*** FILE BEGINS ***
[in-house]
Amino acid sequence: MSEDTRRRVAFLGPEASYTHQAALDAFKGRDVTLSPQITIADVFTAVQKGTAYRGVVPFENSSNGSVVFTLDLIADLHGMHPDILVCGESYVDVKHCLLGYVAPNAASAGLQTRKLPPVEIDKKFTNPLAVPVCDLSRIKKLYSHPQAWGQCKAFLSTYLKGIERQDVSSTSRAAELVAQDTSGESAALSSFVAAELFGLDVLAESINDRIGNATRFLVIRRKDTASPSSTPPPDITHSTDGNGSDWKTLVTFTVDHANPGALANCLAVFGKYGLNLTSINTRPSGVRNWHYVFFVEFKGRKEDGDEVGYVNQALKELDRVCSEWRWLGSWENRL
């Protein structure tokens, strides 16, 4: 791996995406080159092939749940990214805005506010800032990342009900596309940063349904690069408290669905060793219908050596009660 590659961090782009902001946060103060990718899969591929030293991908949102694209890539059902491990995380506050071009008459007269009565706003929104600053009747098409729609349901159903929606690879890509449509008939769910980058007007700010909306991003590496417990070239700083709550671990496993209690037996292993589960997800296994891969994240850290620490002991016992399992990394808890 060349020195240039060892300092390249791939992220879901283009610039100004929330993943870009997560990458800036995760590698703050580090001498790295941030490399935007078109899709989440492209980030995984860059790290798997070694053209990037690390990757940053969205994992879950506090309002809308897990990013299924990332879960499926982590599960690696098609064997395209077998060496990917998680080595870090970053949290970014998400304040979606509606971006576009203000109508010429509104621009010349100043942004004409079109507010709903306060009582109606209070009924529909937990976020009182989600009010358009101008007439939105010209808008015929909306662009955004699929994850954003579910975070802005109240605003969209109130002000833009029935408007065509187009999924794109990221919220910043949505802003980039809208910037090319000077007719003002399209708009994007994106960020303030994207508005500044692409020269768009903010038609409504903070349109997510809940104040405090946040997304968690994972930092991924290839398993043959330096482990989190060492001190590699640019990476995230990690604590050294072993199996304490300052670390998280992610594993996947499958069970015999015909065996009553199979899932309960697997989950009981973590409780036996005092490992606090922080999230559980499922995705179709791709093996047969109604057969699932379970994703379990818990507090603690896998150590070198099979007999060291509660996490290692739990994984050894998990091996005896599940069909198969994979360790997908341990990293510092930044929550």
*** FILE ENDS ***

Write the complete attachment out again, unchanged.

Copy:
[in-house]
Amino acid sequence: MSEDTRRRVAFLGPEASYTHQAALDAFKGRDVTLSPQITIADVFTAVQKGTAYRGVVPFENSSNGSVVFTLDLIADLHGMHPDILVCGESYVDVKHCLLGYVAPNAASAGLQTRKLPPVEIDKKFTNPLAVPVCDLSRIKKLYSHPQAWGQCKAFLSTYLKGIERQDVSSTSRAAELVAQDTSGESAALSSFVAAELFGLDVLAESINDRIGNATRFLVIRRKDTASPSSTPPPDITHSTDGNGSDWKTLVTFTVDHANPGALANCLAVFGKYGLNLTSINTRPSGVRNWHYVFFVEFKGRKEDGDEVGYVNQALKELDRVCSEWRWLGSWENRL
């Protein structure tokens, strides 16, 4: 791996995406080159092939749940990214805005506010800032990342009900596309940063349904690069408290669905060793219908050596009660 590659961090782009902001946060103060990718899969591929030293991908949102694209890539059902491990995380506050071009008459007269009565706003929104600053009747098409729609349901159903929606690879890509449509008939769910980058007007700010909306991003590496417990070239700083709550671990496993209690037996292993589960997800296994891969994240850290620490002991016992399992990394808890 060349020195240039060892300092390249791939992220879901283009610039100004929330993943870009997560990458800036995760590698703050580090001498790295941030490399935007078109899709989440492209980030995984860059790290798997070694053209990037690390990757940053969205994992879950506090309002809308897990990013299924990332879960499926982590599960690696098609064997395209077998060496990917998680080595870090970053949290970014998400304040979606509606971006576009203000109508010429509104621009010349100043942004004409079109507010709903306060009582109606209070009924529909937990976020009182989600009010358009101008007439939105010209808008015929909306662009955004699929994850954003579910975070802005109240605003969209109130002000833009029935408007065509187009999924794109990221919220910043949505802003980039809208910037090319000077007719003002399209708009994007994106960020303030994207508005500044692409020269768009903010038609409504903070349109997510809940104040405090946040997304968690994972930092991924290839398993043959330096482990989190060492001190590699640019990476995230990690604590050294072993199996304490300052670390998280992610594993996947499958069970015999015909065996009553199979899932309960697997989950009981973590409780036996005092490992606090922080999230559980499922995705179709791709093996047969109604057969699932379970994703379990818990507090603690896998150590070198099979007999060291509660996490290692739990994984050894998990091996005896599940069909198969994979360790997908341990990293510092930044929550």